Of course, the vast majority of solo traders (who are actually relying on their income to survive) tango with the potential of burnout on a daily basis. Running your own business profitably without undermining your health is an art form. I'm only in nappies with that learning curve.

 

This comment by aptly-named FrankReality broke my heart:

What if you've had these same symptoms for 20 years?

I'm going to come right out and say it: some of us draw the short straw. We've tried everything – and then tried nothing to see how that goes – and STILL those symptoms keep greeting us in the morning. Complete exasperation is understandable. The best thing you can do is stop the 'cure mentality'. Stop fighting the symptoms, stop expecting to feel better.

In short, release the pressure of wanting to be well.

Instead, ask yourself: How good can your life be even with these symptoms? And it can be good. You can surprise yourself.

Sometimes this approach has an inverse psychology effect. Give up the fight and soon you might find yourself feeling better than yesterday. It's a radical notion, isn't it? That you can still enjoy life while feeling unwell. But it is possible.

 

So what do you think of these comments?

How long have you been feeling the symptoms? Did the workplace cause or promote burnout for you? Or was it playing Burnout? (sounds pretty punishing on the adrenal glands…). What's burnout like for you? What frustrates you? What have you learnt? 

Care to comment?

 

This post was written by Megan Hills. Megan is a writer and cartoonist who appreciates shy readers – but wouldn't mind some chatty ones.  Find out more about Megan

Reader Comments

'I'm going to come right out and say it: some of us draw the short straw. We've tried everything – and then tried nothing to see how that goes – and STILL those symptoms keep greeting us in the morning. Complete exasperation is understandable. The best thing you can do is stop the 'cure mentality'. Stop fighting the symptoms, stop expecting to feel better.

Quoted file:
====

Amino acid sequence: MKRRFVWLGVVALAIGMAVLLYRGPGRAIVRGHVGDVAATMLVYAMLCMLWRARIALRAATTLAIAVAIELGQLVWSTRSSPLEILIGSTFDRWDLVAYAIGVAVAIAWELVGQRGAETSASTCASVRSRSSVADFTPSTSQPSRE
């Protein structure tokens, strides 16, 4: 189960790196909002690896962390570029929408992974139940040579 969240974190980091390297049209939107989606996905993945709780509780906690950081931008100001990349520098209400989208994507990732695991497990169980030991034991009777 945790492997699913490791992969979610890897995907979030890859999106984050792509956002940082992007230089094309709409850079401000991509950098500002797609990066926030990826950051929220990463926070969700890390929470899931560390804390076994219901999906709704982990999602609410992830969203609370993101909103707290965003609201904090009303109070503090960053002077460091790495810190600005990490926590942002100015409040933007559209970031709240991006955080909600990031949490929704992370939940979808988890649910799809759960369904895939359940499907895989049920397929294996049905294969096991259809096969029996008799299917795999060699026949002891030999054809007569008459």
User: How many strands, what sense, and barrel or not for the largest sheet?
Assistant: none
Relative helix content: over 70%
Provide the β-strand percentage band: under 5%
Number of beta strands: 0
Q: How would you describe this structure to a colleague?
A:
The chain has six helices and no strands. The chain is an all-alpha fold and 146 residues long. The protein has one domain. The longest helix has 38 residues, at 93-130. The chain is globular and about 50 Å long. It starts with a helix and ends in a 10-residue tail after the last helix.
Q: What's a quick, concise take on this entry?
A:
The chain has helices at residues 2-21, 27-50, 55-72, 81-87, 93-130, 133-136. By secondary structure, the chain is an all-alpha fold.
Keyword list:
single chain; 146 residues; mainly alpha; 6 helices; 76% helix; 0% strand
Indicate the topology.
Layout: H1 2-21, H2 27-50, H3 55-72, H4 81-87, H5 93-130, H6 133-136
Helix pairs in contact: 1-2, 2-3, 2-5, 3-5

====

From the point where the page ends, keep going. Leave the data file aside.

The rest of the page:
In short, release the pressure of wanting to be well.
Instead, ask yourself: How good can your life be even with these symptoms? And it can be good. You can surprise yourself.'
Wow, Megan, that is some very good advice! For me it's nearly 4 years, and although I am getting better it's such a slow process. Sometimes I get really scared, thinking I will never get back to 'normal' again. Other times I am more accepting, and I can even laugh at it. So yes I am tired, so what? Nobody is going to tell me my life isn't worth living because I am tired!! The lowering of expectations is the hardest and most important lesson.
At a surface level, my workplace and lifestyle caused the burnout, but on a deeper level it was that I didn't know how to look after myself, or even that I was worth it. Low self-esteem. You know, if anything, the burnout is curing that. At a deep level I have made the decision to support myself, and look after myself no matter what happens next.

#1 
Written By Amber on March 16th, 2011 @ 1:25 am

Thanks so much for telling us how it is with you, Amber. The self-esteem thing is a biggie, isn’t it? Low self-esteem feels like something we get when we have burnout – but, chances are, it was there all along. Self-care and self-compassion are vital for all of us – the well and the not-so-well.

#2 
Written By Megan on March 16th, 2011 @ 7:59 am